Monday, September 15, 2014

Marcial Torres Division of Estate 1763 (1)



Inventories of the goods of Marcial Torres and division of them, made by don Carlos Fernandez, Alcalde Mayor of La Cañada.

Year of 1763

1.    I received the alums in the sum eighteen pesos current of the county for a novenary of masses.  I subscribe that have the name for the soul of Marcial Torres, deceased, and in testimony I sign at this mission of San Geronimo, on the twenty-fourth day of the month of January in the year one thousand seven hundred and sixty-one.
                                                            Fray Andres Garcia, (rubric)

1:    At this mission of Señor San Juan, on the sixteenth day of August in the year one thousand seven hundred and sixty, I received of Antonio Martin, resident of the post of San Antonio del Embudo, for the alms, for one novenary of masses, one horse to my satisfaction; and being true I give the present receipt on said date.
                                                            Fray Juan Miribal, (rubric)

2:    I received twenty pesos, current of the country, as alms, for a novenary of Masses for the safety of the captives, which I have applied for said purpose.  In testimony whereof I have signed at this mission of Señor San Geronimo, on the twenty-fourth of the month of January, in the year one thousand seven hundred and sixty-one.
                                                            Fray Andres Garcia (rubric)

3:    Received of Señor Antonio Martin, resident of Embudo, on account of Marcial Torres, two colts; one old black horse, with galled withers and kidney sores; and three cows; in lieu of and Indian woman which he owed me, and for which I had given him one hundred pesos.  Besides the said Torres owed me five buckskins, and to my brother, Joaquin, five and a half buckskins, making altogether ten and one half buckskins; for these the said Señor Antonio gave me a cow and calf, and for five pesos worth of pelts which said Torres owed me he gave me another calf, of this year, of one of the cows.  In witness whereof, I signed on the 7th day of October of the year 1760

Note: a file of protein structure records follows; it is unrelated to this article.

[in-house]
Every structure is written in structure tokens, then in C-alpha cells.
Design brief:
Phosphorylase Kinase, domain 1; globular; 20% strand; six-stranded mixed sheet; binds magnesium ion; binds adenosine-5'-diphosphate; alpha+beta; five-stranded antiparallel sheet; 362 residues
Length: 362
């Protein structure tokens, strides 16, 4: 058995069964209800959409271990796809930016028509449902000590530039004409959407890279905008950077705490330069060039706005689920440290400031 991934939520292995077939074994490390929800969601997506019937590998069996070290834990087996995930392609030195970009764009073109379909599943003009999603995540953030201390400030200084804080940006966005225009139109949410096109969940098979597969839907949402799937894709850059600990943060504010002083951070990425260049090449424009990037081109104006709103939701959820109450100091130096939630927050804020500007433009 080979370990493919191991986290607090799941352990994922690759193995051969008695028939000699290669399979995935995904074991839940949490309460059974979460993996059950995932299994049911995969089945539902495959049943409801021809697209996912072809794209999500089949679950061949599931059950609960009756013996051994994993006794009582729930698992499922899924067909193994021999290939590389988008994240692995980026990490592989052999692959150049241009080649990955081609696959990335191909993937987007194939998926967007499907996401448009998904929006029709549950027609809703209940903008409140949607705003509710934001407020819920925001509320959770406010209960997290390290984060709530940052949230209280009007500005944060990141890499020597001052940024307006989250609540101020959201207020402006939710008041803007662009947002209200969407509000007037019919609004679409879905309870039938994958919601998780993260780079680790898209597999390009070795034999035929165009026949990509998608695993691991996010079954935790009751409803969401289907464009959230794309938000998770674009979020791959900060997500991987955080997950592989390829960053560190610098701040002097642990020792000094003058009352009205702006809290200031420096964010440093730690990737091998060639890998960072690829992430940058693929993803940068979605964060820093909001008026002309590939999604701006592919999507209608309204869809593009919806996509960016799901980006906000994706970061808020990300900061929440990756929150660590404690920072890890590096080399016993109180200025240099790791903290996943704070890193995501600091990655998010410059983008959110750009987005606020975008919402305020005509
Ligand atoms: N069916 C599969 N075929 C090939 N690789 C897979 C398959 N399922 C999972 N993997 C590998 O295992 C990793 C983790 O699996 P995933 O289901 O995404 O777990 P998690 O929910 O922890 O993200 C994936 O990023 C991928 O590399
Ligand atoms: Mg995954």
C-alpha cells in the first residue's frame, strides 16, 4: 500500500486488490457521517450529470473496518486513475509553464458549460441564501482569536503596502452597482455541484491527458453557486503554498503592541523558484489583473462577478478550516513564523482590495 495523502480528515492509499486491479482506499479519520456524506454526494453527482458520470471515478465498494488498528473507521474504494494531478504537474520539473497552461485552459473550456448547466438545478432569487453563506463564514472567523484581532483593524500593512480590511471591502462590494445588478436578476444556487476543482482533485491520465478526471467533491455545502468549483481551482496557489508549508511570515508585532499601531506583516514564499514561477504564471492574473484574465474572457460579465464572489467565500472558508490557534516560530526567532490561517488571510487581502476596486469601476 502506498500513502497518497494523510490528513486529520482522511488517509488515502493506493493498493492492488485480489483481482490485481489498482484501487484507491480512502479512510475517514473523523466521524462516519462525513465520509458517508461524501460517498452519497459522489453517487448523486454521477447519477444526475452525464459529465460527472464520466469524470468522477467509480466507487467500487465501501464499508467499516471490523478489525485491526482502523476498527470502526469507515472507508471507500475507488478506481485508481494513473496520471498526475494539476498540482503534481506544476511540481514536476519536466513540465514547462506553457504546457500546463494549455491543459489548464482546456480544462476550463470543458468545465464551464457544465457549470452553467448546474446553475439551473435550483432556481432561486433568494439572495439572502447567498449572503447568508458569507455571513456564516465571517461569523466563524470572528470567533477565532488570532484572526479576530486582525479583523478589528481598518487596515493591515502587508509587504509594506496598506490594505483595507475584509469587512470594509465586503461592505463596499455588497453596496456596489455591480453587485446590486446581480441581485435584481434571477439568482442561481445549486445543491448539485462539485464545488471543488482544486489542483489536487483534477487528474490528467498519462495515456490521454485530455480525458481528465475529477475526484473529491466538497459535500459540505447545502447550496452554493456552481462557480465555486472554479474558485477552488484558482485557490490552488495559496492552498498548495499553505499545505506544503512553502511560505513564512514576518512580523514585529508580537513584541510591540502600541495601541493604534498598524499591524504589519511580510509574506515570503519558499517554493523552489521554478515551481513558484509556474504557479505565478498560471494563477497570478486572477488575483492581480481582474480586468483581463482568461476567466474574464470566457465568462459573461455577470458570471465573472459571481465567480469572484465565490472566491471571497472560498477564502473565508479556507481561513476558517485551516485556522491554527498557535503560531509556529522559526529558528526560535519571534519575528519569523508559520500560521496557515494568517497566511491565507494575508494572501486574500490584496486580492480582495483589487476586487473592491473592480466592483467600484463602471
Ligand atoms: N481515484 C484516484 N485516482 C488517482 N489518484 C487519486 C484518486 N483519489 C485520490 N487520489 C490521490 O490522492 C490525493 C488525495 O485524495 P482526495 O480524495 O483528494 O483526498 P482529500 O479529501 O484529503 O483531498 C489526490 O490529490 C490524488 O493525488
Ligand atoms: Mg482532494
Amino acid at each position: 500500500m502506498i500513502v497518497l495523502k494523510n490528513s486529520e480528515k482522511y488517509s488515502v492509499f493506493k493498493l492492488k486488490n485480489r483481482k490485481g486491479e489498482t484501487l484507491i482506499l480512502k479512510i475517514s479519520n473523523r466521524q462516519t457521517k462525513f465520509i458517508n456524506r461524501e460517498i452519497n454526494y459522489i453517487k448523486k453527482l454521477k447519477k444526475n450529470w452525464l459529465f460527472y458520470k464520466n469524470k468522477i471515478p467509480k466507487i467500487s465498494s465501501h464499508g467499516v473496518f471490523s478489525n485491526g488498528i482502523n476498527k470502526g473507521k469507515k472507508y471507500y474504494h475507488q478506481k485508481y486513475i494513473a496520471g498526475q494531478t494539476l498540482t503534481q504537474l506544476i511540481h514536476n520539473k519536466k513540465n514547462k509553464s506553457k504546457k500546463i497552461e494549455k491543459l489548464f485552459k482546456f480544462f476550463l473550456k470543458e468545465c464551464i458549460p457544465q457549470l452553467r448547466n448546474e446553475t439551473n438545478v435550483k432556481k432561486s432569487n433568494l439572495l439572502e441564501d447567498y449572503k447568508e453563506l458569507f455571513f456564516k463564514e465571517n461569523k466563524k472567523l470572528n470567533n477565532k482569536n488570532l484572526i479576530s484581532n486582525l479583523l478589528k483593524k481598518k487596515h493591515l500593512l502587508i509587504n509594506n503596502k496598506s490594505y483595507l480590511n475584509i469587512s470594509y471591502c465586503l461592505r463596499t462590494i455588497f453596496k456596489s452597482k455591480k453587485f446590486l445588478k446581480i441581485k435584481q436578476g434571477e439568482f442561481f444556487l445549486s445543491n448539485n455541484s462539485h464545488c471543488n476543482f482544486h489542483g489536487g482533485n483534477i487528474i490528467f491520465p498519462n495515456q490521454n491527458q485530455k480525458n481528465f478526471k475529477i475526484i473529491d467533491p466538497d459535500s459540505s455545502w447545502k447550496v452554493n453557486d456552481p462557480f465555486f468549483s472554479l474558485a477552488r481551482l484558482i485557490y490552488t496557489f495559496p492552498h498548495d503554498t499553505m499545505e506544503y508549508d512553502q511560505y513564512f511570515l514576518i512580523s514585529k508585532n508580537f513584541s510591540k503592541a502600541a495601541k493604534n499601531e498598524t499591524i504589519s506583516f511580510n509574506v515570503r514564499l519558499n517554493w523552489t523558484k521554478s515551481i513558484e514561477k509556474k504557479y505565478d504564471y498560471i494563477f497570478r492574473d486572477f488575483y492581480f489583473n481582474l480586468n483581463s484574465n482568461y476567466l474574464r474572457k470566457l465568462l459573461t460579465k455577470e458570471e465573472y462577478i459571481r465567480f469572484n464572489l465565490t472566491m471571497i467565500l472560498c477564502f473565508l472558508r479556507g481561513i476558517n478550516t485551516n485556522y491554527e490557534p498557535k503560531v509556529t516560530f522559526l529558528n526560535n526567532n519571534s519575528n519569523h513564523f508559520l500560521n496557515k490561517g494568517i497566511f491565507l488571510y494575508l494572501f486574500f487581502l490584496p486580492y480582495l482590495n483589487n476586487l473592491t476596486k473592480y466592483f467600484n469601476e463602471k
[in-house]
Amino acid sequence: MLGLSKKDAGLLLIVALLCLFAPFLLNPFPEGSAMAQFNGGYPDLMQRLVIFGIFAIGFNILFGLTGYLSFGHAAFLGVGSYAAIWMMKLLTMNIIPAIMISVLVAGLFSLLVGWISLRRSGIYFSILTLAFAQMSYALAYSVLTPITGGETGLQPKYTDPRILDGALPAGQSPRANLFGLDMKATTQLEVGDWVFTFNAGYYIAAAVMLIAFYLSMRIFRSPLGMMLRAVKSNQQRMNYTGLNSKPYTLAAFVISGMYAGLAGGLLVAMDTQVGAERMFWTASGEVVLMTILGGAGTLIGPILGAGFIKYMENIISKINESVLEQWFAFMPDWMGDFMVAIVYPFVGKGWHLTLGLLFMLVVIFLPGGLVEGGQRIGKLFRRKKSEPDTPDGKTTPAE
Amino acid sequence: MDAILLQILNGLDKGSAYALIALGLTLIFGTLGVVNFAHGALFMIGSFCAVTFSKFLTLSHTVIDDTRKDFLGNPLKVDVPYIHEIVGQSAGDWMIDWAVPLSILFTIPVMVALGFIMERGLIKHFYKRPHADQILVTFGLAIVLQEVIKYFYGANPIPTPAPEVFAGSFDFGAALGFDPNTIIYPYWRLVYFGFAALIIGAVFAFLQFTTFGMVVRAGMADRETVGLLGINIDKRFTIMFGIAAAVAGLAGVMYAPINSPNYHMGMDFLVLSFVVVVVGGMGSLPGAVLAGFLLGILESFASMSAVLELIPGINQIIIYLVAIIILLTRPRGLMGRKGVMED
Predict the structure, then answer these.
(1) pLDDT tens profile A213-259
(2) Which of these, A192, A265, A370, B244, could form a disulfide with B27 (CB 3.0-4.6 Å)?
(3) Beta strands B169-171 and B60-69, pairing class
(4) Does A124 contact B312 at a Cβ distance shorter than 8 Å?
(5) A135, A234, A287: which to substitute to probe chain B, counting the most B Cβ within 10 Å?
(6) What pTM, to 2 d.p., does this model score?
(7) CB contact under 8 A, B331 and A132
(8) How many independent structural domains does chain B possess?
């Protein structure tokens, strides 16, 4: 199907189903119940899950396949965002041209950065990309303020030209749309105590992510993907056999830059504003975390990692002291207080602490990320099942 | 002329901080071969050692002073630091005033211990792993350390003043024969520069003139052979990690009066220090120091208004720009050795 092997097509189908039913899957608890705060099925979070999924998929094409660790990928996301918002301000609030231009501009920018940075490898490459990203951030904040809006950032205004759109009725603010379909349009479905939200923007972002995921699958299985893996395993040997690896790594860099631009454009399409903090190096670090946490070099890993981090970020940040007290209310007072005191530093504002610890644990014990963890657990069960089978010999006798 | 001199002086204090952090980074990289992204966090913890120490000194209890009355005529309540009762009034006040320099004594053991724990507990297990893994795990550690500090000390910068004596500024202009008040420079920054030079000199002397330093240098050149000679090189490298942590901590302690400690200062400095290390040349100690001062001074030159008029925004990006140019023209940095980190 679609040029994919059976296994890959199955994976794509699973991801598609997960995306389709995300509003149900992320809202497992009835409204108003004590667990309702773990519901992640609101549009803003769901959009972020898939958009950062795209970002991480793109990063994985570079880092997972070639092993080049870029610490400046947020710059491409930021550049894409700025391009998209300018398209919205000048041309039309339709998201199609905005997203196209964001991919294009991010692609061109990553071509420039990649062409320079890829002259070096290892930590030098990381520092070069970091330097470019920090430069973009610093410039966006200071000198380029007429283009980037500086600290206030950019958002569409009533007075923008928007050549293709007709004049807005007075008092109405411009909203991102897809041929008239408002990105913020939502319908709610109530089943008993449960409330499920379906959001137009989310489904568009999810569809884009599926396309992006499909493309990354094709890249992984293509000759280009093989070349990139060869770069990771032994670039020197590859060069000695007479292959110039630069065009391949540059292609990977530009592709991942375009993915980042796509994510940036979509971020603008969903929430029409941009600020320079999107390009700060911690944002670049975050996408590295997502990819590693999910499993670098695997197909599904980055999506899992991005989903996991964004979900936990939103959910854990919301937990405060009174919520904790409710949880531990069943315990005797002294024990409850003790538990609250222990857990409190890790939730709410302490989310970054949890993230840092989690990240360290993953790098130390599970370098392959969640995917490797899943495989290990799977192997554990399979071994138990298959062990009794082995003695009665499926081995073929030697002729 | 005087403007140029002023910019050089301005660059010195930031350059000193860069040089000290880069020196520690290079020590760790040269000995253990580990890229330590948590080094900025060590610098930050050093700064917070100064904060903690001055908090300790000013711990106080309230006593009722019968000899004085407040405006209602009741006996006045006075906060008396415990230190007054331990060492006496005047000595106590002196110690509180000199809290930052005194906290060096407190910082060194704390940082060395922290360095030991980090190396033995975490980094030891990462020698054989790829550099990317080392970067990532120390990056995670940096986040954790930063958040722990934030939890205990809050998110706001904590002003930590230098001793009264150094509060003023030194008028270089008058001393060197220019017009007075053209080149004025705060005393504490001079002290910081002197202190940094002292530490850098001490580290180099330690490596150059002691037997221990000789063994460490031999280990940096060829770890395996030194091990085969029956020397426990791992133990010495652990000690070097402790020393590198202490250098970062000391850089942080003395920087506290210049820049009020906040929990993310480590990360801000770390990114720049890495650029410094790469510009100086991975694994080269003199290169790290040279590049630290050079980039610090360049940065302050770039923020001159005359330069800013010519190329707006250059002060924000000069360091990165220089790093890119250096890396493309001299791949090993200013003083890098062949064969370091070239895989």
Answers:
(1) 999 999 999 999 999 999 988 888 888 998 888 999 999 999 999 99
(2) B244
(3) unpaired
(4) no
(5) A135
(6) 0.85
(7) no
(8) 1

Matheo Joseph Pino (rubric)

~

To The Governor and Captain General:

       I, Antonio Martin, resident of the place called San Antonio del Embudo, Jurisdiction of the Pueblo of San Juan, appear before your Lordship in due form of law and state to your Lordship: That it has pleased God to take unto him my son-in-law, Marcial Torres, late resident of the Valley of Taos, he being one of those killed by the Comanche, in the said valley, and it so happened that I was present at the burial of my said son-in-law, and I was charged by the Lieutenant, Joseph de la Mora, to take measures to see if, of the goods which my son-in-law had,  there could be found some with which to pay his funeral, and some masses; for which purpose I left in that valley a son of mine, called Cayetano Martin, who brought to my house that which appears in the little memorandum which I present herewith to your Lordship, that be it may be seen what was obtained.  And, besides the little memorandum, I advise you that there is included therein the heifer which was said to have remained in Taos, and from the whole of these goods I have paid to the Reverend priests that which is shown, for novenaries of Masses, and to don Mateo Pino, that which was due him form the said deceased, as attested to your Lordship, by the receipt of said don Mateo, manifested herewith, and the receipt of Rev. Father Miribal, and that of Father prior Andres Garcia, I demand (p. 3) it and give satisfaction.